Amica Mutual Insurance Company no longer has a perfect financial strength rating from A.M. Best. More catastrophe losses and worsening automobile insurance claims severity are both to blame.
Specifically, an A+ (Superior) financial strength rating (FSR), down from A++(Superior), now applies to Amica Mutual Insurance Company and its wholly owned subsidiary, Amica, Property & Casualty Insurance Company (known jointly as Amica Mutual Group).
Separately, A.M. Best’s long-term issuer credit ratings for both entities have been downgraded to “aa” from “aa+.”
A++ is the highest financial strength rating A.M. Best gives.
A.M. Best revised the outlook of the long-term issuer credit ratings to negative from stable, though the outlook of the financial strength ratings remains stable. As well, A.M. Best affirmed the financial strength rating of A+ and the long-term issuer credit rating of “aa-” for Amica Life Insurance Company, an Amica Mutual wholly-owned subsidiary. The outlook for both is stable.
A.M. Best noted that Rhode Island-based Amica keeps a strong risk-adjusted capitalization, but said the ratings downgrades come from “deteriorating underwriting results in recent years, mainly driven by increased catastrophe losses in conjunction with elevated losses on the automobile insurance line of business, due primarily to increases in claims severity.”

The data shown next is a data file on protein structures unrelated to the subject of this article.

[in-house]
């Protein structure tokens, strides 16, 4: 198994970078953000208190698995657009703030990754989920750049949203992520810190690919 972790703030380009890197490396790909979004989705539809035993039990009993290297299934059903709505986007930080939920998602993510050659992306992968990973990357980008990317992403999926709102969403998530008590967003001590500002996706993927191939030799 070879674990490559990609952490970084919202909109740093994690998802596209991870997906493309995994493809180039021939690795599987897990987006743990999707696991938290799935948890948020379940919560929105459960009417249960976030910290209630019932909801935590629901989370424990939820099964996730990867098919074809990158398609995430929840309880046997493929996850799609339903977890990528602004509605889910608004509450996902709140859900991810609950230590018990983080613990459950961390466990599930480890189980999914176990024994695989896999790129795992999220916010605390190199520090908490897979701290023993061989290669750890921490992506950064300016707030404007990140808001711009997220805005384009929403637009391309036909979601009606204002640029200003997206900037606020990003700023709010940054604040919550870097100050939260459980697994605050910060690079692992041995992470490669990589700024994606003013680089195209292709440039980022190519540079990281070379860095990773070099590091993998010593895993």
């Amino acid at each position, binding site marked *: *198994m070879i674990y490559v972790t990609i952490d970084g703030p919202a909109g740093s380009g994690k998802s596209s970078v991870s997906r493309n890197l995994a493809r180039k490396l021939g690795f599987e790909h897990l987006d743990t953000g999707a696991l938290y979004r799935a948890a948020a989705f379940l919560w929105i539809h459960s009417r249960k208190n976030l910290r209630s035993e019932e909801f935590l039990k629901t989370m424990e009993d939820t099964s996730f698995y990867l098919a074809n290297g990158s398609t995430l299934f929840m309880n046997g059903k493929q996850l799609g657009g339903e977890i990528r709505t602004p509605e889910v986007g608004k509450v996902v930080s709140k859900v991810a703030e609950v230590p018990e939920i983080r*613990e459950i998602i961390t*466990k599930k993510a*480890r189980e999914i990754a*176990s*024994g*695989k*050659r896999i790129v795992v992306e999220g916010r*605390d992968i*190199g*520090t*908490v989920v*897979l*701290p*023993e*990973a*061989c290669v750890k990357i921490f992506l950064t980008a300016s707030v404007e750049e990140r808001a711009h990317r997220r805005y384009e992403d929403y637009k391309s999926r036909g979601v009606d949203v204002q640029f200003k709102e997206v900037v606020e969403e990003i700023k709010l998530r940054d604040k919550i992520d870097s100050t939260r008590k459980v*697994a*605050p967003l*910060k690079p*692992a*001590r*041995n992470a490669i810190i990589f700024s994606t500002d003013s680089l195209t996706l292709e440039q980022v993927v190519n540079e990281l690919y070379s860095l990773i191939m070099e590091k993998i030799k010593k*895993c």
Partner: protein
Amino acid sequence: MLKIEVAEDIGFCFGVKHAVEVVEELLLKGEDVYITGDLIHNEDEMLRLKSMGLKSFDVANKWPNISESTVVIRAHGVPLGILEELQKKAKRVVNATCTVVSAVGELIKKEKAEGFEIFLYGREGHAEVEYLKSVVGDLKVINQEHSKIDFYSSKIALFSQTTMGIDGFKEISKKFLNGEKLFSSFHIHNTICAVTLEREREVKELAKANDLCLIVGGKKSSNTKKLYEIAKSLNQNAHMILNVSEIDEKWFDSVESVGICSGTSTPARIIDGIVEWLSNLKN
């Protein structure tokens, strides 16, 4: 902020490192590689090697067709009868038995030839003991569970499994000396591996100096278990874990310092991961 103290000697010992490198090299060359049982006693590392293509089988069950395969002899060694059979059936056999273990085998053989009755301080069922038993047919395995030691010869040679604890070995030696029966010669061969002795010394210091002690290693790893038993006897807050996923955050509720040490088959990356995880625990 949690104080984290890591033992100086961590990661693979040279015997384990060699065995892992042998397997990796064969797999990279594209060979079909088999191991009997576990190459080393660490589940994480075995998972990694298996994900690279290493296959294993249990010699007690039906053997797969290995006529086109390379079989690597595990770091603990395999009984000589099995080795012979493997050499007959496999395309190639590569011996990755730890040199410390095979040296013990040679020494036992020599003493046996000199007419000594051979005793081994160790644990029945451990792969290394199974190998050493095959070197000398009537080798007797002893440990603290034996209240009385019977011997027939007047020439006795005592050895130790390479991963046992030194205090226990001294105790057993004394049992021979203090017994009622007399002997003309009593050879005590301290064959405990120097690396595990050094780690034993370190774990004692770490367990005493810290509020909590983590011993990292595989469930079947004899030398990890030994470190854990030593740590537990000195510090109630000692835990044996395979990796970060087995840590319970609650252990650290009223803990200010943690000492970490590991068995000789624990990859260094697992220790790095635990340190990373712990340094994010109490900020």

Amica is a direct writer of personal lines property/casualty products, and, as A.M. Best noted, has seen net underwriting losses reflected in an increasing loss ratio in recent years.
“Management has responded with rate increases, and coupled with a return to a more normalized level of loss activity, expects underwriting results to improve in the near future,” A.M. Best said. “Additionally, surplus growth has been tempered over the latest five-year period, primarily due to the payment of significant levels of policyholder dividends.”
Another point of A.M. Best’s concern: Amica’s results have depended “heavily” on both net income and realized capital gains, which have been a positive factor for recent years’ cash flows.
But in 2015, Amica said it had negative operating cash flow due to its higher-than-normal catastrophe experience, though positive cash flows from operations returned in 2016, A.M. Best said.
“The ratings also reflect Amica’s strong, yet declining, level of risk-adjusted capitalization, reflective of a high quality investment portfolio and relatively low underwriting leverage, solid liquidity, generally favorable operating returns and national market presence and brand recognition, with a reputation for excellent customer service,” A.M. Best said.
Source: A.M. Best